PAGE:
Java. Joe. Jitter Juice. Morning Jolt. Whatever you like to call it. Coffee is a liquid infusion that many enjoy worldwide.  I know, I enjoy a morning cup, and it is something I look forward to when I awake. And, on that really rare occasion when I order an ice cream cone? You got it.  Coffee ice cream it is!

Many health practitioners suggest eliminating coffee and other caffeinated beverages from our diet and it may be a smart move for many of us, but more studies are emerging that show that cup of joe just might carry some real merit.


Although for some, it is not a good choice, recent studies have been published that show those that drink the most coffee may enjoy these benefits:

1.  Java may lower your risk for several diseases.

With over 1.000 various phytochemicals, coffee provides an enormous range of disease deterrents.  For example, coffee can reduce the risk of type 2 diabetes because studies are showing that coffee interferes with glucose synthesis and release in the body.  It is also being studied for its use as a cancer risk reducer.  Other diseases it may fend off include liver disease, Alzheimer’s, Parkinson’s and cardiovascular disease.

2.  It helps dissolve stones. 

Coffee could slightly reduce the risk of gallstones and lower your risk of kidney stones.

3.  Coffee may improve your outlook.

In larger amounts, coffee is showing to lower depression risk.

4.  Coffee is a headache fighter.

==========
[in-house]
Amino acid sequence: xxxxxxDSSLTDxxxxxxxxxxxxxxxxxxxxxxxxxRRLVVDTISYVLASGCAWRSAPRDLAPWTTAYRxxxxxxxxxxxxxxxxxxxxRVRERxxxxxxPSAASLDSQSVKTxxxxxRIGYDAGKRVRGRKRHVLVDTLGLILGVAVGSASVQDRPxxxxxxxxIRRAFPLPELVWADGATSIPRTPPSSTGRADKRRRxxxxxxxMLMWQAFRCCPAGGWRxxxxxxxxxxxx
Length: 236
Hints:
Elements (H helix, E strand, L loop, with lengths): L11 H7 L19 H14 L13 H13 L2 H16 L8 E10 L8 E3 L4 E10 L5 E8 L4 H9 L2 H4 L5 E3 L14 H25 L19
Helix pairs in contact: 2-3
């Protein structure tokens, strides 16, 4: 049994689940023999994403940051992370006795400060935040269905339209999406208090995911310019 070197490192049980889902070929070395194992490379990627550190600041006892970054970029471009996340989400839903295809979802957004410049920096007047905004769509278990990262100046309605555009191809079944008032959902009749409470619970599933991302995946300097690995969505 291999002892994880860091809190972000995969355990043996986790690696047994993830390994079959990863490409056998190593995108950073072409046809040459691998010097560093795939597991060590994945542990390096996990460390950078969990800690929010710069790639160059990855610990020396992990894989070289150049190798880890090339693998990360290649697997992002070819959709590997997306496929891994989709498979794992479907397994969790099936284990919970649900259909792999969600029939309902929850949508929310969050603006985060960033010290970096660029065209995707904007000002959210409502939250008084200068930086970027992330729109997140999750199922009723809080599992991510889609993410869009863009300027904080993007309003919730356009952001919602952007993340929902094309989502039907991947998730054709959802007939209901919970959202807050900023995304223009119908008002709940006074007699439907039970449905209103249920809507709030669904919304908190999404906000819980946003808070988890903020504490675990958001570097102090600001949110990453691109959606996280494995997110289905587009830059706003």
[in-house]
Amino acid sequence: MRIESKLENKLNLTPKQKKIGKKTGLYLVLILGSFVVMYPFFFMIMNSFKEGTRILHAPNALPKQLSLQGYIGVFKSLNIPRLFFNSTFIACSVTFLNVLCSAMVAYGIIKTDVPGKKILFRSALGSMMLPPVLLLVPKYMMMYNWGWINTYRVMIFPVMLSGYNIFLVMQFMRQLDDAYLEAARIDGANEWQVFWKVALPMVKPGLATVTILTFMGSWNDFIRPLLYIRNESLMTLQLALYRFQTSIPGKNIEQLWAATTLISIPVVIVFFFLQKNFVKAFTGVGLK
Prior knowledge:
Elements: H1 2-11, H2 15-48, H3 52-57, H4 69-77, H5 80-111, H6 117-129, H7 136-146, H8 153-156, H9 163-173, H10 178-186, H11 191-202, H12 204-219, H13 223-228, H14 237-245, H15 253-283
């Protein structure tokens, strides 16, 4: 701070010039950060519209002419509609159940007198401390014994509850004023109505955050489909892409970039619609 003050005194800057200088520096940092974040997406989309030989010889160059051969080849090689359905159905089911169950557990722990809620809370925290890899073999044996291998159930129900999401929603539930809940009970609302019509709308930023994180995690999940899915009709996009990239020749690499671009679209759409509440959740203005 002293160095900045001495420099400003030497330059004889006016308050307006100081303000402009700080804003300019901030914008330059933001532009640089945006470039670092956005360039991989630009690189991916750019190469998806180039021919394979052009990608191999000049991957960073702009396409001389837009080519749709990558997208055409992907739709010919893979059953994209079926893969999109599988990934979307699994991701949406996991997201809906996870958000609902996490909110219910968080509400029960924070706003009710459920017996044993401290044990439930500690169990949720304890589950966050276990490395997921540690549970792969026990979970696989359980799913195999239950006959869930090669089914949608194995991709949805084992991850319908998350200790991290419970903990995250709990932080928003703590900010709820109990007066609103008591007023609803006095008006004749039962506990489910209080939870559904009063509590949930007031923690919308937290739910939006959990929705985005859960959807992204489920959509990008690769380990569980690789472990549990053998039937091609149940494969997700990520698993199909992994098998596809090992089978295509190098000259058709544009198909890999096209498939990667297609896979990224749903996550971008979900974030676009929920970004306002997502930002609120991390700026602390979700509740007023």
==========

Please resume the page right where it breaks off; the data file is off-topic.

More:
The caffeine in coffee may help absorb headache medications more quickly.  This is why you may see caffeine added to these type of OTC pain relievers, or why, myself included, some drink a beverage with caffeine once a headache begins to send it packing. This can get tricky if you rely on this tactic too much though for migraines as it could then have the counter effect.


If you choose to drink coffee, here are a few guidelines when purchasing it:

1.  Buy organic beans.

Coffee beans are heavily sprayed.  There are so many organic options out there, why not just choose organic to eliminate the added exposure to pesticides.  One of my favorites is this brand, french roast.

2.  Darker is better.

Darker roasts are best.  Darker roasted beans produce a higher level of antioxidants than lighter roasted beans and may even help shed a pound or two.

3.  Pulse it yourself.

Fresh ground coffee that you just made yourself with whole beans lessens oxidation of all those antioxidants in the beans providing more exposure to them. Freshly ground tastes best too!


So, you have purchased the good stuff. Now, here are five tips on how to best prepare your next pot or two to reap all those health benefits:

1.  Create a layer. 

There are many methods you can choose to make your coffee. That choice, though, can affect the health benefits.  For example, using a non-bleached paper filter in processing your coffee can help eliminate harmful substances that can increase cholesterol levels. Turkish and Greek coffee, coffee brewed in a French press, and the boiled coffee consumed in Scandinavia do not use filters.

These methods of making coffee use a filter:

  • Pour over coffee – Here is extensive information on how to do it and what to use.  It may be a bit involved for many but the coffee prepared this way always wins the taste tests.
  • Standard coffee maker – Standard drip coffee makers require the use of a filter,

2.  Water down.

If the morning ritual includes a cup or two for you, best to first wake up your digestive system with some plain warm water or like me, warm water with a squeeze of lemon.  The acidity of coffee will be less of a shock to your digestive system.